California landscapers making a mint off the drought

Californians plant drought-friendly landscapes
Californians plant drought-friendly landscapes

The drought's been rough for a lot of people in California. Farmers, gardeners, restaurant diners who just want a glass of water.

But there's one subset that's doing quite well: landscapers who specialize in ripping out water-guzzling lawns and replacing them with lush, native plants that require a fraction of the moisture.

"I'm falling behind on my design work because I'm fielding so many calls and emails," said Rob Moore, owner of California Native Landscape Design in Orange County.

Moore said he's on track to make over $100,000 this year -- double what he made last year -- as people adopt native landscapes. Gone are the traditional lawns -- what one landscaper called "fresh water marshes." Those types of landscapes were never suited for Southern California, and were the result of migrants from the East simply planting what they knew, said Moore. Now, the lawns are being replaced with stone pathways, mulch and drought-tolerant species like lilac or coffee berry.

california landscaping before after
Rob Moore turnerd this lawn in San Clemente into a native oasis. The plants include salvia, artemisia, island snapdragon, blue eyed grass, leymus and California fuchsia.

Homeowners are making the changes out of necessity as the grass dies from lack of water. There's also a desire to save water -- and the savings can be substantial.

A typical lawn soaks up some 90,000 gallons of water a year, said Andrew Farrell, head of business development at the aptly-named Turf Terminators. That's roughly the same amount of water in five backyard swimming pools. A native landscape like those that Turf Terminators installs consumes around 6,000 gallons a year.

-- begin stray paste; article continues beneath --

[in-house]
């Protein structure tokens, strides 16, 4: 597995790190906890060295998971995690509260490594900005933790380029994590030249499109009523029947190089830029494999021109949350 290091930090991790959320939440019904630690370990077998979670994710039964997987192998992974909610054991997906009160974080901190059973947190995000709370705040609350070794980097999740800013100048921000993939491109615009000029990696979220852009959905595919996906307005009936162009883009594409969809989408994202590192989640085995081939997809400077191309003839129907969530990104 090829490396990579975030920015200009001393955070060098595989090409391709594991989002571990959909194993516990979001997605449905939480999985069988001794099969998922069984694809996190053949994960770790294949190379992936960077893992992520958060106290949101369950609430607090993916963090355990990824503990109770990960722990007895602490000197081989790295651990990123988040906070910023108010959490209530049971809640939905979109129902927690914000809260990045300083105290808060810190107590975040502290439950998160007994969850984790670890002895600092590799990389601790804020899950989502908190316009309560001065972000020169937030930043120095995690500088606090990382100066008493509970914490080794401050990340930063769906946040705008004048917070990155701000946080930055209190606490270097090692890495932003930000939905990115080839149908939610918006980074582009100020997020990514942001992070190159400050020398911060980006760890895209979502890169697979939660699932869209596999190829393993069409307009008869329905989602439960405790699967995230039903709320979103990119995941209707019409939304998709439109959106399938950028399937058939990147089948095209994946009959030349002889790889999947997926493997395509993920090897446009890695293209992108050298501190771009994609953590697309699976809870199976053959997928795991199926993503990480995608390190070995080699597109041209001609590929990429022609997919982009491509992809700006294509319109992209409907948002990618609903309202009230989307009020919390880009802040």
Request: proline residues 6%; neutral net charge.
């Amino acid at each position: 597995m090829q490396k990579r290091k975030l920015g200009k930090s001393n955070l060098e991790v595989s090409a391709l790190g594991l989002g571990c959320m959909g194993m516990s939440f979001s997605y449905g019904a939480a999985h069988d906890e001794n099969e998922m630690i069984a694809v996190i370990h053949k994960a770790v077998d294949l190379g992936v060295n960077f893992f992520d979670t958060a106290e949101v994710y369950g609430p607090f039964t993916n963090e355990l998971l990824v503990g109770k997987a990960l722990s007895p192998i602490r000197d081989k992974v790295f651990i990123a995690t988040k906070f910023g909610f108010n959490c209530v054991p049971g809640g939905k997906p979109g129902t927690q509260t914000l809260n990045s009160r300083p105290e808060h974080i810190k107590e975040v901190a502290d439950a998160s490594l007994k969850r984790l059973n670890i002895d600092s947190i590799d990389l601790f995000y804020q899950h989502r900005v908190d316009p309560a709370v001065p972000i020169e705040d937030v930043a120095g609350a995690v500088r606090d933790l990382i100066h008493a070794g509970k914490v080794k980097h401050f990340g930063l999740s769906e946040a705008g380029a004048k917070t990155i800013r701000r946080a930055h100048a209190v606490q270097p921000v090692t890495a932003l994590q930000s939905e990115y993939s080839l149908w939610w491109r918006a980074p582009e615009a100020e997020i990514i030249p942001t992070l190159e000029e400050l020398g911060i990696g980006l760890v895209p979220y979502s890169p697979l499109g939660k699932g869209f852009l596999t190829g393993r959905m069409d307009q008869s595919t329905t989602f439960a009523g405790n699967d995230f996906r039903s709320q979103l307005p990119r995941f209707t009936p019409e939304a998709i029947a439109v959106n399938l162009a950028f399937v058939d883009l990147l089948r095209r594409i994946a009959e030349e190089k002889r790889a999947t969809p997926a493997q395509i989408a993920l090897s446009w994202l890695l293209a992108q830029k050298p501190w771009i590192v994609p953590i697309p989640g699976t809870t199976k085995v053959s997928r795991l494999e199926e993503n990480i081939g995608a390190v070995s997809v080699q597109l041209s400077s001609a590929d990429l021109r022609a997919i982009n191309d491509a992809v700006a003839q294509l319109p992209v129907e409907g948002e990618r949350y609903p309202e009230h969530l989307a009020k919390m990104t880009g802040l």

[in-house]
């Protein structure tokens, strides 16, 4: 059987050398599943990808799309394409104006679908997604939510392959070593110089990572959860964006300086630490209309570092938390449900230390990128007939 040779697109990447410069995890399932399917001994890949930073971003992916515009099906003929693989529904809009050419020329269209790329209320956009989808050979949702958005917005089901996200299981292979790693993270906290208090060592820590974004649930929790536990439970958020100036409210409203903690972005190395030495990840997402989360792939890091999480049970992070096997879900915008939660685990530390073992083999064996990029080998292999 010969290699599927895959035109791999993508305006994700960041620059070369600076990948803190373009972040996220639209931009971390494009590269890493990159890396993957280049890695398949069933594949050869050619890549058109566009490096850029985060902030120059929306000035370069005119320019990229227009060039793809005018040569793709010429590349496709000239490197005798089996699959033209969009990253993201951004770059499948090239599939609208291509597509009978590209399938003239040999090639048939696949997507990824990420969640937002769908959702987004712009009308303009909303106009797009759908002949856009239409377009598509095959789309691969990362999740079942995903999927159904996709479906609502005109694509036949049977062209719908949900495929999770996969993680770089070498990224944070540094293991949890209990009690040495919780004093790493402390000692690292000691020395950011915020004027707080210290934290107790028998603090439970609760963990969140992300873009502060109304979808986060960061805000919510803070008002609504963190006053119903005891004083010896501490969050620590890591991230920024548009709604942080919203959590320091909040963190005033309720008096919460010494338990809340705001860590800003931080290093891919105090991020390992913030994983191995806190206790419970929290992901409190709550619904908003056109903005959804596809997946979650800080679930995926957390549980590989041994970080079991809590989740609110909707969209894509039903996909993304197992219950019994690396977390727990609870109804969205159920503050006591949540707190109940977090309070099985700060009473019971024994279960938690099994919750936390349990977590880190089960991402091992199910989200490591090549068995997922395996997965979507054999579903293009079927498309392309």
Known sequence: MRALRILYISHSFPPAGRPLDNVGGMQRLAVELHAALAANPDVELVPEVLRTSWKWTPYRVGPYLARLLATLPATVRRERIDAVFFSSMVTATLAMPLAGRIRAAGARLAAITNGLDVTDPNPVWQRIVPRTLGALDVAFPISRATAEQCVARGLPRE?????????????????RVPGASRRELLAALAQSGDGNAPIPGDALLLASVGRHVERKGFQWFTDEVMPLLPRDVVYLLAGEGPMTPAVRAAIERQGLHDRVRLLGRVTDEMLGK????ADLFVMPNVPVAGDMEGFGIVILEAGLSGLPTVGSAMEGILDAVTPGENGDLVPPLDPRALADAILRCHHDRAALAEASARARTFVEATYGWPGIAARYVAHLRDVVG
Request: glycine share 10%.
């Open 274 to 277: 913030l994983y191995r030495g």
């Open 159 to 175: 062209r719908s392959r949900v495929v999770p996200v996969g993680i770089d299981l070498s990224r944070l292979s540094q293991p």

The water savings translates into cash savings -- about $2,200 a year for an average size lawn, said Farrell. Because so much less water is used, several California water districts are offering cash incentives to tear out grass. In Los Angeles, recent rebates amounted to $7,500 for a 2,000-square-foot lawn.

The cost to replace a lawn generally runs between a few thousand dollars and $10,000 for a basic job -- although more elaborate landscapes can run much higher.

california landscaping lush backyard
This native landscape in Orange Country was installed for $15,000.

Turf Terminators would remove and replace a lawn for free in exchange for the rebate, and business was brisk. The company has gone from three employees to over 600 in the last year and replaced over 5,000 yards.

The rebates are no longer quite as good after a regional program used all its funding, though several local rebates still exist.

Related: 3 cool technologies that could save the world's water

There's some concern that swapping grass for rocks or other desert-type features will result in hotter, less hospitable landscapes. But Gregg Rubin, owner of California's Own Native Landscape Design, says a well-designed native garden is just the opposite.

Rubin, who's seen his business grow 35% in the last year, substitutes buffalo grass or field sedge for traditional grass. The field sedge looks like grass, smells like grass and can be mowed like grass -- but it uses half the water.

california landscaping staircase
On the right, field sedge that Rubin installed opposite a native garden in San Diego.

Meanwhile, a garden heavy with native plants will attract all sorts of native wildlife.

"All of a sudden your garden is full of butterflies and birds and insects you've never see before," said Rubin. "The kids love it."

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